Recommendation 4-4: Governments in low- and middle-income countries should support their regulatory agencies to develop strategic plans for compliance with international manufacturing and quality-control standards. In the least developed countries, international organizations should support their efforts.

International quality standards for drug manufacture depend on the competence of the national regulatory authority. Regulators in low- and middle-income countries need training, equipment, technology, and reference standards (IOM, 2012). The agencies’ budgets do not allow for improvements in all these areas, and the scope of the needs can overwhelm the agencies, leading to inaction. It is important for regulators to make strategic decisions about what to invest in first. A strategic plan can help identify an organization’s priorities and guide activities that advance these priorities (Tominaga, 2012).

The committee believes that making a strategic plan is feasible for almost all poor countries. The process of making the plan helps regulators advocate for better support from their ministers and identify places for donors to contribute. At a strategic planning workshop in 2010, for example, the Namibian health minister asked the regulatory authority to propose ways to build capacity in the agency and to advance harmonized regulatory systems in southern Africa (TIPC, 2010).

Agencies in the poorest countries should first enforce standards in manufacturing, wholesale, and retail. The WHO and more developed regulatory agencies should support these improvements. There is good precedent for such collaboration. The WHO prequalification program has a capacity-building function. As part of the program, regulators from low- and middle-income countries serve 3-month rotations at WHO headquarters (WHO, 2010b). Their rotations require close work with prequalification assessors and allow for sharing ideas about how to monitor manufactures (WHO, 2010b). A similar partnership among regulators could also be useful. Some regulatory agencies in emerging economies have made great progress in a relatively short time. These agencies are well positioned to help their counterparts in other developing countries set out their goals. For example, experts from the Brazilian drug regulatory agency, Anvisa, could work with their counterparts in Mozambique or Angola to help develop realistic plans.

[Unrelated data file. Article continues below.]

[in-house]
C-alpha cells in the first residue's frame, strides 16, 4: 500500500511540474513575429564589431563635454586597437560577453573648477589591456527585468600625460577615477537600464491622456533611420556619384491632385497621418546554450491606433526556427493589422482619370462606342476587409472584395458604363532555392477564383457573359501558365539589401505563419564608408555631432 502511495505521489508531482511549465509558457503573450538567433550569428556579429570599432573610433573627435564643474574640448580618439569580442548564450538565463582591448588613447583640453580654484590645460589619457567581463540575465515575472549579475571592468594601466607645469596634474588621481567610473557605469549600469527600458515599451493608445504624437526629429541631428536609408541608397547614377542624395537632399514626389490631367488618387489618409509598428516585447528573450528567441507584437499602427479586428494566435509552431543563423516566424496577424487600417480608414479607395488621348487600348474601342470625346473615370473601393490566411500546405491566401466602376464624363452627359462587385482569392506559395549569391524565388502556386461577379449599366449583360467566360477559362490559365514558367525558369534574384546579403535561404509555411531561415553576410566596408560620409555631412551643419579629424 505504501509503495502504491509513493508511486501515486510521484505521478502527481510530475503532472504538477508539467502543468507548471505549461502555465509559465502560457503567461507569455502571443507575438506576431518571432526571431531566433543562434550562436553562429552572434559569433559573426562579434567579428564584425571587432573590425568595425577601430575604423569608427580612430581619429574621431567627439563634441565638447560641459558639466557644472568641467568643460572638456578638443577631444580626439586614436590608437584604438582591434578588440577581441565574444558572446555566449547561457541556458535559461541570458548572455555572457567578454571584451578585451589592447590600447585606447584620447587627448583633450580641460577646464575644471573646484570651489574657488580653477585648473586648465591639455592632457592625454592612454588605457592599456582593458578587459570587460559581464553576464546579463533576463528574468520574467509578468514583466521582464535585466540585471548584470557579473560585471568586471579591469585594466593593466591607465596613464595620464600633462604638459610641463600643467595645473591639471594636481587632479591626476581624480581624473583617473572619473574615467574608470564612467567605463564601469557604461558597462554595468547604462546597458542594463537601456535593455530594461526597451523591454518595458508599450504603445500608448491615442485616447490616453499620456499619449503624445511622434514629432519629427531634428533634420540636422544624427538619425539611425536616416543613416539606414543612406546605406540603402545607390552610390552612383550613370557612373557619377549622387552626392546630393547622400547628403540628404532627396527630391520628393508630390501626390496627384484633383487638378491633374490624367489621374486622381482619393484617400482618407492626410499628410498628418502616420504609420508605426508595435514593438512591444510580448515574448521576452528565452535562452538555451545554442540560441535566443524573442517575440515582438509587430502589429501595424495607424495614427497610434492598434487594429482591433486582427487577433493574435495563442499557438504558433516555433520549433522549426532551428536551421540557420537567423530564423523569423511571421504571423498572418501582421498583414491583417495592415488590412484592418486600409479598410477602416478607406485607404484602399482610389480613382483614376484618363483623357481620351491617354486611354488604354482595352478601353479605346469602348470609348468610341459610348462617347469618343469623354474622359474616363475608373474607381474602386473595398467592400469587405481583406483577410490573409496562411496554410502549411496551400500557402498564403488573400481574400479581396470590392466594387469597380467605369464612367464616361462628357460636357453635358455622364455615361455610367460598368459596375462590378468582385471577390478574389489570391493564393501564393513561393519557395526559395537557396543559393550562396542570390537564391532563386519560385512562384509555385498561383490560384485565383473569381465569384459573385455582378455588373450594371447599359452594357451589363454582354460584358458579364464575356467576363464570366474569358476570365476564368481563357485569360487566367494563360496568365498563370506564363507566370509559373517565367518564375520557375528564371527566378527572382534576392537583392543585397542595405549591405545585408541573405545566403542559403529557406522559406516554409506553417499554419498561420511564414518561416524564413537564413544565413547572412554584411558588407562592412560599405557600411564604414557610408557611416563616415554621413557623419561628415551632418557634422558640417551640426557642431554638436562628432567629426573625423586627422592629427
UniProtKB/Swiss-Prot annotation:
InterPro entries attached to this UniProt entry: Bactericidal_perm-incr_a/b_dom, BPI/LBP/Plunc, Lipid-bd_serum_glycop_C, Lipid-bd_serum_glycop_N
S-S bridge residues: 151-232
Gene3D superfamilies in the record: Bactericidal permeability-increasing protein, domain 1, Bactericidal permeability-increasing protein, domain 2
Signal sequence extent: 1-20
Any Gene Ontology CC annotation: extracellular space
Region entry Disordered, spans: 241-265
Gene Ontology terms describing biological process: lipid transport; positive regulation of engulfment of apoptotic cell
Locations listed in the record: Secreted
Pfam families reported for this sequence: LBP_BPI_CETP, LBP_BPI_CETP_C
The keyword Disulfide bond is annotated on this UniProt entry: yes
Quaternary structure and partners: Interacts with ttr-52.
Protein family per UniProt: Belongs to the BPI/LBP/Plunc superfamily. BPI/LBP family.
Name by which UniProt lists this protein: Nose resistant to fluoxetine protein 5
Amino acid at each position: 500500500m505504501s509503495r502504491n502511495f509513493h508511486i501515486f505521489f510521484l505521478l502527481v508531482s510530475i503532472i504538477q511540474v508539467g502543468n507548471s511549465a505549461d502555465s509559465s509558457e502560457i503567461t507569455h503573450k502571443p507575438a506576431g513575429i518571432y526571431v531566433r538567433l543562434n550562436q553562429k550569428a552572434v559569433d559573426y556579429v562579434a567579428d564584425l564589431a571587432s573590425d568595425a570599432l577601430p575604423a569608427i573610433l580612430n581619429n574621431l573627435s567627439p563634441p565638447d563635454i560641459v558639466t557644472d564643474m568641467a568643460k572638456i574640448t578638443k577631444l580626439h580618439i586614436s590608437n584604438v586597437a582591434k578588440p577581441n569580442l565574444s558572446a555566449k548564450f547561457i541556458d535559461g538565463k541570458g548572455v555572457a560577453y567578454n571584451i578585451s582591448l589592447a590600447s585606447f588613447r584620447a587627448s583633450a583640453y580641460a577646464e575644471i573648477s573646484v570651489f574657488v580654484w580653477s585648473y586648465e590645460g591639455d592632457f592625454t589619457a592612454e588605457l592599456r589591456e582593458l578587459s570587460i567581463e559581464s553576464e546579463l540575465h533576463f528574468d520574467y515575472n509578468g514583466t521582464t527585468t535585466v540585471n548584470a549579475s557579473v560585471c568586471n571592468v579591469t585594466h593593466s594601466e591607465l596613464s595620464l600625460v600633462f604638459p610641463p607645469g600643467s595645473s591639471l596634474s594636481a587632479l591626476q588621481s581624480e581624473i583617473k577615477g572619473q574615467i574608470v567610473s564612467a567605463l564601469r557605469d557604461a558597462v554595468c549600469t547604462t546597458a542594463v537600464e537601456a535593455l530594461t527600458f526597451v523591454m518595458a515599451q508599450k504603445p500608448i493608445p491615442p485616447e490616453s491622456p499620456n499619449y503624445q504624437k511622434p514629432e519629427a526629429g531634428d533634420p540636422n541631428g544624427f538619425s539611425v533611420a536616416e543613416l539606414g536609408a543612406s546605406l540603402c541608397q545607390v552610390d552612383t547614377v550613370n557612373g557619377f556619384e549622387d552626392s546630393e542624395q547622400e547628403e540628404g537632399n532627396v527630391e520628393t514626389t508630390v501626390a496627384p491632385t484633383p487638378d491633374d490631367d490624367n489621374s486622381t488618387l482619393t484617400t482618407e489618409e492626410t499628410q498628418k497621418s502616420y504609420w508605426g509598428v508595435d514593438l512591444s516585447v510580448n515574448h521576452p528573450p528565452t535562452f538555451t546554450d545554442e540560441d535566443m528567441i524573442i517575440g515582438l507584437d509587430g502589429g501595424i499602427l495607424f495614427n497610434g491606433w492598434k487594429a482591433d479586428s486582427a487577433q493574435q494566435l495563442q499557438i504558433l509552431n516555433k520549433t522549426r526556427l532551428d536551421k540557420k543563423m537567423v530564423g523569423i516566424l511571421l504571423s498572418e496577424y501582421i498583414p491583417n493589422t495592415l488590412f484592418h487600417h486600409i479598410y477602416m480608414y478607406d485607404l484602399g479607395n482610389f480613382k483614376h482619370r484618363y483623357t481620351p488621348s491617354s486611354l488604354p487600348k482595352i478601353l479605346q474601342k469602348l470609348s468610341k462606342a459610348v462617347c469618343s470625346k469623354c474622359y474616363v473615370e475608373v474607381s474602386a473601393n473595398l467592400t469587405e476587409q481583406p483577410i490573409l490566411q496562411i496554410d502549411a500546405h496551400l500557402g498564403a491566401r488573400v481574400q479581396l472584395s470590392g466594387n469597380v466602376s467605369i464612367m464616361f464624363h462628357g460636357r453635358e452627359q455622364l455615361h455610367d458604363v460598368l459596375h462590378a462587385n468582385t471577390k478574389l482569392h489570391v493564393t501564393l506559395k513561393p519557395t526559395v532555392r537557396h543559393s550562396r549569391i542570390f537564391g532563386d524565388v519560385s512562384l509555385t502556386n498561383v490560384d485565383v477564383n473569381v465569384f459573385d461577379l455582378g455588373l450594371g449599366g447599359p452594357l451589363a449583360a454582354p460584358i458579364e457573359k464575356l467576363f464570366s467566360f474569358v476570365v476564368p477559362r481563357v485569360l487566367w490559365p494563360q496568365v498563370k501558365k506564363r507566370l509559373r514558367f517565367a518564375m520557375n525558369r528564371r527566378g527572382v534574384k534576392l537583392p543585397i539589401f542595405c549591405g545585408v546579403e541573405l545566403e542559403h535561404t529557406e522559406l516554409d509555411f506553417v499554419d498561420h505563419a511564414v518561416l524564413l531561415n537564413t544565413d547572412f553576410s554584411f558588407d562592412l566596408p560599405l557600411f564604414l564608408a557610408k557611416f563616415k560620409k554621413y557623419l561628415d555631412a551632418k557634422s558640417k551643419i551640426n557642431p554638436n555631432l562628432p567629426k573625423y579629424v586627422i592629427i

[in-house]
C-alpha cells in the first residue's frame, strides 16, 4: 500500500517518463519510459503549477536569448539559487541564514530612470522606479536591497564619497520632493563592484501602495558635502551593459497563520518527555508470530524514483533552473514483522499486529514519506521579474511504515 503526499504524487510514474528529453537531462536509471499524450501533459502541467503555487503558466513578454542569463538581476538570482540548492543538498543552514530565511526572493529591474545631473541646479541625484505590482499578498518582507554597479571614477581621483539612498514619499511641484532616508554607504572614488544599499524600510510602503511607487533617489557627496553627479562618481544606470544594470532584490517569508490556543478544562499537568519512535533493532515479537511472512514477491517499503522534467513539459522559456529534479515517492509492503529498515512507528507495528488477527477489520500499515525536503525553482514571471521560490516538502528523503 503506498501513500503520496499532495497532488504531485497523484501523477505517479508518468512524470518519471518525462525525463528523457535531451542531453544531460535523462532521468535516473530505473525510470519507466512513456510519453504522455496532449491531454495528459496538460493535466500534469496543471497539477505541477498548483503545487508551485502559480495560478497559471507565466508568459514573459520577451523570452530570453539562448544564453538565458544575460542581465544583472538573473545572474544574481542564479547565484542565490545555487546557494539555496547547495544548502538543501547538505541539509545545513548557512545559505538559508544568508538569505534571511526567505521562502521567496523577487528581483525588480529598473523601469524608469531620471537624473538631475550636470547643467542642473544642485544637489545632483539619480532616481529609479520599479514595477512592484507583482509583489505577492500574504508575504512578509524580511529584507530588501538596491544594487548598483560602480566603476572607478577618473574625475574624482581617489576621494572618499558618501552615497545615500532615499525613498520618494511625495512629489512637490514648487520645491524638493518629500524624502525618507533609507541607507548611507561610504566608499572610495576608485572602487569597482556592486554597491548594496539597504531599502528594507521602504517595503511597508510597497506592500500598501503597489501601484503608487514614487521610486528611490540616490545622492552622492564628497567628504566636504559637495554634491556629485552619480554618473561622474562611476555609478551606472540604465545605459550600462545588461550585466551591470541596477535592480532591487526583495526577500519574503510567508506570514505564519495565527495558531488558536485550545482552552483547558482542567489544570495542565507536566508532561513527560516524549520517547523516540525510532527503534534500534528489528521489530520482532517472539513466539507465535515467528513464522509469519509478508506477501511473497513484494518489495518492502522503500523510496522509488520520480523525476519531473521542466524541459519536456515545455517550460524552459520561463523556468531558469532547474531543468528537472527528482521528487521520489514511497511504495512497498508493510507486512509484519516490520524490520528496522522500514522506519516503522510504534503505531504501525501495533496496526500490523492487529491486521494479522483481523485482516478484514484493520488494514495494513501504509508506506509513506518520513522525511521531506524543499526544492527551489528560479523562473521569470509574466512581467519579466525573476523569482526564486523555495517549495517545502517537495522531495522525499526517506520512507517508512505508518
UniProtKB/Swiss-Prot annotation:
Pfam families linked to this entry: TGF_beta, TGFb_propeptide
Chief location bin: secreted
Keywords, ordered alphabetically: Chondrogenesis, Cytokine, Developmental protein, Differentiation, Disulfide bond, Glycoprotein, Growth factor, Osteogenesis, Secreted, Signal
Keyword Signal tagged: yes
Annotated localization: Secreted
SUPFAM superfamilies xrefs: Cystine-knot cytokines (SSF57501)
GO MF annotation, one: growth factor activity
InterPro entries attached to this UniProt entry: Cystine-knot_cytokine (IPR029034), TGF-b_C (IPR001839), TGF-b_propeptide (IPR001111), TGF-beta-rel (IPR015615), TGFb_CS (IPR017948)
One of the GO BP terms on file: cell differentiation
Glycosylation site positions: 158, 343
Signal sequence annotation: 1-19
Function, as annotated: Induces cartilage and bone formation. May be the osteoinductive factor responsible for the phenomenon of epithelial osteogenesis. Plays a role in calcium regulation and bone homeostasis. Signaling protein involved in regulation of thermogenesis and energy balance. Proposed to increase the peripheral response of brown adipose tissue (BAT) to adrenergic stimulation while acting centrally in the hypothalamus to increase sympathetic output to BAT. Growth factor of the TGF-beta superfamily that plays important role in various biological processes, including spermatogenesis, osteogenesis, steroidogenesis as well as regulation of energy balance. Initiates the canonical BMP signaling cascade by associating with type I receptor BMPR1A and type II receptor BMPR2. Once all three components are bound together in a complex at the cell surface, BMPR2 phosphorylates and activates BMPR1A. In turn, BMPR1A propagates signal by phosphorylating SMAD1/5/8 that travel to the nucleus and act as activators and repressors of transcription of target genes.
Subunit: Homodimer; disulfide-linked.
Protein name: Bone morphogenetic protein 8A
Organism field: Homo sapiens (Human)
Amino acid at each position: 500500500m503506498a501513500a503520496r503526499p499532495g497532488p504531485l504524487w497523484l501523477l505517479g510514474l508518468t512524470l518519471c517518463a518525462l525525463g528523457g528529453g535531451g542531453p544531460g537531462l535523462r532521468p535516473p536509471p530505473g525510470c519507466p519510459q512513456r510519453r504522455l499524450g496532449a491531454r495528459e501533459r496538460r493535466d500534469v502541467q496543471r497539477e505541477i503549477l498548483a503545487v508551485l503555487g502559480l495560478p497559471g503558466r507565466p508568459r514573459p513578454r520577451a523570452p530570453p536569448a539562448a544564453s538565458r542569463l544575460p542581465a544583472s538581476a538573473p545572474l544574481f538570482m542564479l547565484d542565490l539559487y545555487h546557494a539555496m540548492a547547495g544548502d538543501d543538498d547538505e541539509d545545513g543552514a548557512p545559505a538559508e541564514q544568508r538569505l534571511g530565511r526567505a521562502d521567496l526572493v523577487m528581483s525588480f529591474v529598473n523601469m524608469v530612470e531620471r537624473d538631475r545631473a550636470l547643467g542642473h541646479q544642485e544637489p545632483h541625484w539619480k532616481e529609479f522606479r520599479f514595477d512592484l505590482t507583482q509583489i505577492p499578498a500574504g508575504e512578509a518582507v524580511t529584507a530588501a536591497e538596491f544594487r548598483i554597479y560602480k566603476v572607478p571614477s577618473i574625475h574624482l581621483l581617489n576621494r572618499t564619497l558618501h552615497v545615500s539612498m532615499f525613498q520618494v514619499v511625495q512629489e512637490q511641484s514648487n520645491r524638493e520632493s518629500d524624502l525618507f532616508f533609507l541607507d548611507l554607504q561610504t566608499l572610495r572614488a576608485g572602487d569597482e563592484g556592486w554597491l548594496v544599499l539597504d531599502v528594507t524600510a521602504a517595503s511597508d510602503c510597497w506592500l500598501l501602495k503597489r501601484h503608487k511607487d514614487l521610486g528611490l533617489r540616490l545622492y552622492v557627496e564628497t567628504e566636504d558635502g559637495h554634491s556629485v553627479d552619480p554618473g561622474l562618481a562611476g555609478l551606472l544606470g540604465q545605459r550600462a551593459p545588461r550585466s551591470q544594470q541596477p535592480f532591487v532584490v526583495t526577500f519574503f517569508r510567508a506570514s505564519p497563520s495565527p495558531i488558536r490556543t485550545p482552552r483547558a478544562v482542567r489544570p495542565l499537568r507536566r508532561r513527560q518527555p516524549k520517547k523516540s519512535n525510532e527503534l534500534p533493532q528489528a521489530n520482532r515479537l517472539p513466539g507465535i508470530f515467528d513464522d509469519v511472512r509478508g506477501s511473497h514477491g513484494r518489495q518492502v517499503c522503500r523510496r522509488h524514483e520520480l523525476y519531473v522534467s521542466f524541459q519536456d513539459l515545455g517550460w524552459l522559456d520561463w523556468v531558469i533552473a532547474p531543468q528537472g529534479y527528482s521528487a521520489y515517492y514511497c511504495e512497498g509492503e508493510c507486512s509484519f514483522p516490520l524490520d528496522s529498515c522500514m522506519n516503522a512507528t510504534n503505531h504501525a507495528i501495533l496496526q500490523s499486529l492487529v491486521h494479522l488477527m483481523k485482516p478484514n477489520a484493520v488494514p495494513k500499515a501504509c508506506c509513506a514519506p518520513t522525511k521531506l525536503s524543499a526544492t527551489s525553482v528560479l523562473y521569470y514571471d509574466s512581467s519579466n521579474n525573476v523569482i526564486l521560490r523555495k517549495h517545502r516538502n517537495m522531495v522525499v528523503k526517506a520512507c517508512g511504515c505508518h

A strategic plan for compliance with international standards can help reduce redundant work and fragmentation. Both industry and regulators

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